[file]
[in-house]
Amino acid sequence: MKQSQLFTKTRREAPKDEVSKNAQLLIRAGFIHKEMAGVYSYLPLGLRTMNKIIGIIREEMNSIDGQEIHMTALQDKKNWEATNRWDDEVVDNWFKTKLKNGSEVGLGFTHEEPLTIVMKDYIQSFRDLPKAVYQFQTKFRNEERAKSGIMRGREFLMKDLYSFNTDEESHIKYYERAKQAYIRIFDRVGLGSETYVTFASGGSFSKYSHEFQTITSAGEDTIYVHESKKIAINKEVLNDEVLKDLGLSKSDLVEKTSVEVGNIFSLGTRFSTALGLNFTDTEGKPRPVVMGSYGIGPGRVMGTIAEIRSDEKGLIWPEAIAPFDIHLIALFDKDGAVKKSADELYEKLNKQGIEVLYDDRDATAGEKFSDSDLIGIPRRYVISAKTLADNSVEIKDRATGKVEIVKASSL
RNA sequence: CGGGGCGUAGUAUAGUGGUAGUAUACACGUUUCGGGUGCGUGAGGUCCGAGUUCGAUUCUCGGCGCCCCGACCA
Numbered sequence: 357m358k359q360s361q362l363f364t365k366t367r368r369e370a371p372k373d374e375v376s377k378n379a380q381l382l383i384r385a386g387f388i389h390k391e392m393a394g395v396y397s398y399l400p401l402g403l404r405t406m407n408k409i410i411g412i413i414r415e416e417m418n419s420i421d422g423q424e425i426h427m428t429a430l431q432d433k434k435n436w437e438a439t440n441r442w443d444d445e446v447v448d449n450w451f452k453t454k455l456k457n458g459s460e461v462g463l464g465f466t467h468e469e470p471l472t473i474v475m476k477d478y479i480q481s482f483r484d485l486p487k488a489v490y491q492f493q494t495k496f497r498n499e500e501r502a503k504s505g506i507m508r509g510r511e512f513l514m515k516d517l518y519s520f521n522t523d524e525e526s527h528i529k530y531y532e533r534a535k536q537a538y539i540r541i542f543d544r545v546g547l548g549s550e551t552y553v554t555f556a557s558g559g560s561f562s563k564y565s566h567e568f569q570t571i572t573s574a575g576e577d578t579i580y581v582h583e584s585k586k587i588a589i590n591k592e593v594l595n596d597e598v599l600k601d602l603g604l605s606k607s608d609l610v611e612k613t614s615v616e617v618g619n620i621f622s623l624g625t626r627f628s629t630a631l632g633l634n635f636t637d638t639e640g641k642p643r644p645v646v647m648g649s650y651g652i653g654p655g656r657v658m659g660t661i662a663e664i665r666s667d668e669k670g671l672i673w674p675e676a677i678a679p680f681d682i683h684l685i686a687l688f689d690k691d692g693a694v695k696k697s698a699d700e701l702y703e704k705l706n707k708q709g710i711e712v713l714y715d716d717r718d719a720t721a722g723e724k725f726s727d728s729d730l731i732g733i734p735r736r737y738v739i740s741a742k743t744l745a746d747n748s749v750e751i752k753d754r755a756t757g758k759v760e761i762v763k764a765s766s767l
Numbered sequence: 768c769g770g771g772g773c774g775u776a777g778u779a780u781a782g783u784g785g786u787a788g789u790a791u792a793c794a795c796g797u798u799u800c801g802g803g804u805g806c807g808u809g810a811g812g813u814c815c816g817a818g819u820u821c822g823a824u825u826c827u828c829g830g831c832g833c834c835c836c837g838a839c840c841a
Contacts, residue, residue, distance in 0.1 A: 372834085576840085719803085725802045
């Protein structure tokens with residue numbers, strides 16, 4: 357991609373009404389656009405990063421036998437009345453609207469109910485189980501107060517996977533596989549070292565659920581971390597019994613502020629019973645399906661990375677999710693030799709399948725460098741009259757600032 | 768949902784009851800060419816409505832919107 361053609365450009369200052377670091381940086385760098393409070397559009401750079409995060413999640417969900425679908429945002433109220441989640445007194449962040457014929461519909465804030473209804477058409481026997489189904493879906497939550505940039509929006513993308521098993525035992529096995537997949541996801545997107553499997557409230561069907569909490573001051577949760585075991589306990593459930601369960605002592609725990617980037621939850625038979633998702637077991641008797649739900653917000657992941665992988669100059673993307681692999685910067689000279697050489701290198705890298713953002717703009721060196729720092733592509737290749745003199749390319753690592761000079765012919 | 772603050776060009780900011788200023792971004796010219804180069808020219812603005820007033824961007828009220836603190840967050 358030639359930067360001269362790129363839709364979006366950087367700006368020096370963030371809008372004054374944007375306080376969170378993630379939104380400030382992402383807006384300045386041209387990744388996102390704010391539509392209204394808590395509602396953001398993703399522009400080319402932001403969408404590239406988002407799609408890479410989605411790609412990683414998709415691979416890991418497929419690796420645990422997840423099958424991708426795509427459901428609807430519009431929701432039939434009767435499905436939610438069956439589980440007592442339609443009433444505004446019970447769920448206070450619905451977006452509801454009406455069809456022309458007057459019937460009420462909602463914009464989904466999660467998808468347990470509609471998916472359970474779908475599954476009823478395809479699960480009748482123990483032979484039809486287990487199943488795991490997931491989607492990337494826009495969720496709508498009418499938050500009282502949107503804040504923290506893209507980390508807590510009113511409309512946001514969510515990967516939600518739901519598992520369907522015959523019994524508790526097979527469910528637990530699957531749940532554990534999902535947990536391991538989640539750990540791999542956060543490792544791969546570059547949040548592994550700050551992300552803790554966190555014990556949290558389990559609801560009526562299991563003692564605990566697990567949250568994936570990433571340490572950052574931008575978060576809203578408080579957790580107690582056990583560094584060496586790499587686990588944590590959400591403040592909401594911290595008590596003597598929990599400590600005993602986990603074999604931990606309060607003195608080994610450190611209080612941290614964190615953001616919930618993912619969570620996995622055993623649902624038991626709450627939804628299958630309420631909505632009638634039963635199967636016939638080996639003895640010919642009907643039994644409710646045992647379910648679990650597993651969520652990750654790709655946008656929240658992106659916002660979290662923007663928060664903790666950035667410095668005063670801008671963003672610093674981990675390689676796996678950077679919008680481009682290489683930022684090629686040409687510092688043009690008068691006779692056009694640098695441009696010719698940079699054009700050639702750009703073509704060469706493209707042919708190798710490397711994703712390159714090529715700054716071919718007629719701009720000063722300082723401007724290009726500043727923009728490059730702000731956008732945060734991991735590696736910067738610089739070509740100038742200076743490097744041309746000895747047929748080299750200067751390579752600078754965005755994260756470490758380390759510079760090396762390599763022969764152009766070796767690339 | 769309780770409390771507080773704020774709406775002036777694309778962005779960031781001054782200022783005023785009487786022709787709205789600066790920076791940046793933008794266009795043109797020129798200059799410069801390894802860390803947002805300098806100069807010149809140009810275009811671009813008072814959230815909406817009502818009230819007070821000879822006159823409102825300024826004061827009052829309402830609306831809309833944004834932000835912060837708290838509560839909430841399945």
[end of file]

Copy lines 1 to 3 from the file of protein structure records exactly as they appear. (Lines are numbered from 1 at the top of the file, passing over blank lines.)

[in-house]
Amino acid sequence: MKQSQLFTKTRREAPKDEVSKNAQLLIRAGFIHKEMAGVYSYLPLGLRTMNKIIGIIREEMNSIDGQEIHMTALQDKKNWEATNRWDDEVVDNWFKTKLKNGSEVGLGFTHEEPLTIVMKDYIQSFRDLPKAVYQFQTKFRNEERAKSGIMRGREFLMKDLYSFNTDEESHIKYYERAKQAYIRIFDRVGLGSETYVTFASGGSFSKYSHEFQTITSAGEDTIYVHESKKIAINKEVLNDEVLKDLGLSKSDLVEKTSVEVGNIFSLGTRFSTALGLNFTDTEGKPRPVVMGSYGIGPGRVMGTIAEIRSDEKGLIWPEAIAPFDIHLIALFDKDGAVKKSADELYEKLNKQGIEVLYDDRDATAGEKFSDSDLIGIPRRYVISAKTLADNSVEIKDRATGKVEIVKASSL
RNA sequence: CGGGGCGUAGUAUAGUGGUAGUAUACACGUUUCGGGUGCGUGAGGUCCGAGUUCGAUUCUCGGCGCCCCGACCA